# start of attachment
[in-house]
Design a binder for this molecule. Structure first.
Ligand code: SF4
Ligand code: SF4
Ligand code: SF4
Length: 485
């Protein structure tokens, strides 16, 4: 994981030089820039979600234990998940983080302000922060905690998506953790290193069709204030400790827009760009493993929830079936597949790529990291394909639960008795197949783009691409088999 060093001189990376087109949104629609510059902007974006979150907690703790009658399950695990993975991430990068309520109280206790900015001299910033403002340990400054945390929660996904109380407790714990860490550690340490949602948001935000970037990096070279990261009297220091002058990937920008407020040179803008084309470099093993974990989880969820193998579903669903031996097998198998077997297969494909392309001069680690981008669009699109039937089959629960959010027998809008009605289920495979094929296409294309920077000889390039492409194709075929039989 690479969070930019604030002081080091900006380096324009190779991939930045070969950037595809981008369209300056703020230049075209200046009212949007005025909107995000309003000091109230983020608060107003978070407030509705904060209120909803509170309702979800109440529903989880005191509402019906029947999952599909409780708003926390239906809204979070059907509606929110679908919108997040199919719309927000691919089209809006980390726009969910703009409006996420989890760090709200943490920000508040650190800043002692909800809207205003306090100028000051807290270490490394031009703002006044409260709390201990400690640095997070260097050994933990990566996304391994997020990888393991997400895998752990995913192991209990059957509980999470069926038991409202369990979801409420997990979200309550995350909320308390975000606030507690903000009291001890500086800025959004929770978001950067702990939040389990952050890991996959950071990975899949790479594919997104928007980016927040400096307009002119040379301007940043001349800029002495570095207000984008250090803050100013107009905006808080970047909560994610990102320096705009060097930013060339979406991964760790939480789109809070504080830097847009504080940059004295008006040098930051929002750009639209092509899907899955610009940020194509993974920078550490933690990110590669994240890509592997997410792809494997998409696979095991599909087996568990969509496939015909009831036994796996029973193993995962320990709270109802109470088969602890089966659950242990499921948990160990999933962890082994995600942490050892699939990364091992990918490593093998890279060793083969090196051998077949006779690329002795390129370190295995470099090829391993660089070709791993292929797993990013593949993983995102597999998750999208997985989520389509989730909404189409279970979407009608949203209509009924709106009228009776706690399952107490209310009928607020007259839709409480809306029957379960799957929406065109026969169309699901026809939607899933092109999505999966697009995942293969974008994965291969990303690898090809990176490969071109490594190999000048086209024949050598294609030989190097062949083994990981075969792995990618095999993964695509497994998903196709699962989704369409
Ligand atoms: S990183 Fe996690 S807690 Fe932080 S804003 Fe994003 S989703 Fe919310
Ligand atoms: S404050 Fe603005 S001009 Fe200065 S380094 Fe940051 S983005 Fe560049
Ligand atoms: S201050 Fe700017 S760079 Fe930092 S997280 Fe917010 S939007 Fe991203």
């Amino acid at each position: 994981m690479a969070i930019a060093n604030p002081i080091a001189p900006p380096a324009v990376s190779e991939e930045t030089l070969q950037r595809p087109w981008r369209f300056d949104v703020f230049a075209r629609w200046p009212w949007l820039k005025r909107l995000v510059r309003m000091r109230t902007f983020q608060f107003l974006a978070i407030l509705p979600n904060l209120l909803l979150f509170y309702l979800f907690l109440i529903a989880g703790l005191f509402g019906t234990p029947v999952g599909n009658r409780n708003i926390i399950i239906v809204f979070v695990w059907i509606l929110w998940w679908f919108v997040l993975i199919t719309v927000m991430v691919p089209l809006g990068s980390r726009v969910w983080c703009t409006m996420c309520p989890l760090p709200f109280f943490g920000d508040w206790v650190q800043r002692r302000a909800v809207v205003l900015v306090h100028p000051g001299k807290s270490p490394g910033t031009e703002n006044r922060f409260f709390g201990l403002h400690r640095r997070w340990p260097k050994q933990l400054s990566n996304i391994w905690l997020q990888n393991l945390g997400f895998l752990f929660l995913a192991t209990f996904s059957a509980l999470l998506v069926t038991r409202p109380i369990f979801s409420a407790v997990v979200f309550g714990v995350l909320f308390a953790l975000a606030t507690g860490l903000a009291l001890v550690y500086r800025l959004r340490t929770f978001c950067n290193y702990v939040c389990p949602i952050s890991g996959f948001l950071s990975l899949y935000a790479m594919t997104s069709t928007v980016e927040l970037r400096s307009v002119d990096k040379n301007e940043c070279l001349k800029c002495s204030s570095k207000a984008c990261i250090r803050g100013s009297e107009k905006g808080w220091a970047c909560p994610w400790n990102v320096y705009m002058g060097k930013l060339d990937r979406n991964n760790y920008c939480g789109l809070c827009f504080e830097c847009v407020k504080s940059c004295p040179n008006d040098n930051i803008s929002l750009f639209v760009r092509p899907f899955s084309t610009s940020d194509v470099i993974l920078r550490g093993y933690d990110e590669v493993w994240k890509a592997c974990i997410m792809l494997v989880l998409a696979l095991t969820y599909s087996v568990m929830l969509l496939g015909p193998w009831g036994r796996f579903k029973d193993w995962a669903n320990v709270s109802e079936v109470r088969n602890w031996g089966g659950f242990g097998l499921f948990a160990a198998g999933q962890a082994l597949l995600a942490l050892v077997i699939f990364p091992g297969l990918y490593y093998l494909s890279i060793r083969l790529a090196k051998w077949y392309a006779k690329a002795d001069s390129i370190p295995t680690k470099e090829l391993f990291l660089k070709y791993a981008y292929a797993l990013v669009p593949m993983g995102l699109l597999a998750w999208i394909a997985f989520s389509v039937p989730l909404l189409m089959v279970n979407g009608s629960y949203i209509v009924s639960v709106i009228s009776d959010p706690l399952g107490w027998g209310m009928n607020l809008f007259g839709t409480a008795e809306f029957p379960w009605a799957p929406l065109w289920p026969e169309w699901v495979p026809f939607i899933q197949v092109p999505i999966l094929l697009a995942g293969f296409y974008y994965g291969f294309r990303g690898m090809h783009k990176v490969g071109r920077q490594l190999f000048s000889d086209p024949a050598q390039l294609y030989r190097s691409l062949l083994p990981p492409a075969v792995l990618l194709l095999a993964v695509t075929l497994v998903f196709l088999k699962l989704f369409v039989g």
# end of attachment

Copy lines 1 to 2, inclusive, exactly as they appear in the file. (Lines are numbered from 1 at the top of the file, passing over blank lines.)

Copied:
[in-house]
Design a binder for this molecule. Structure first.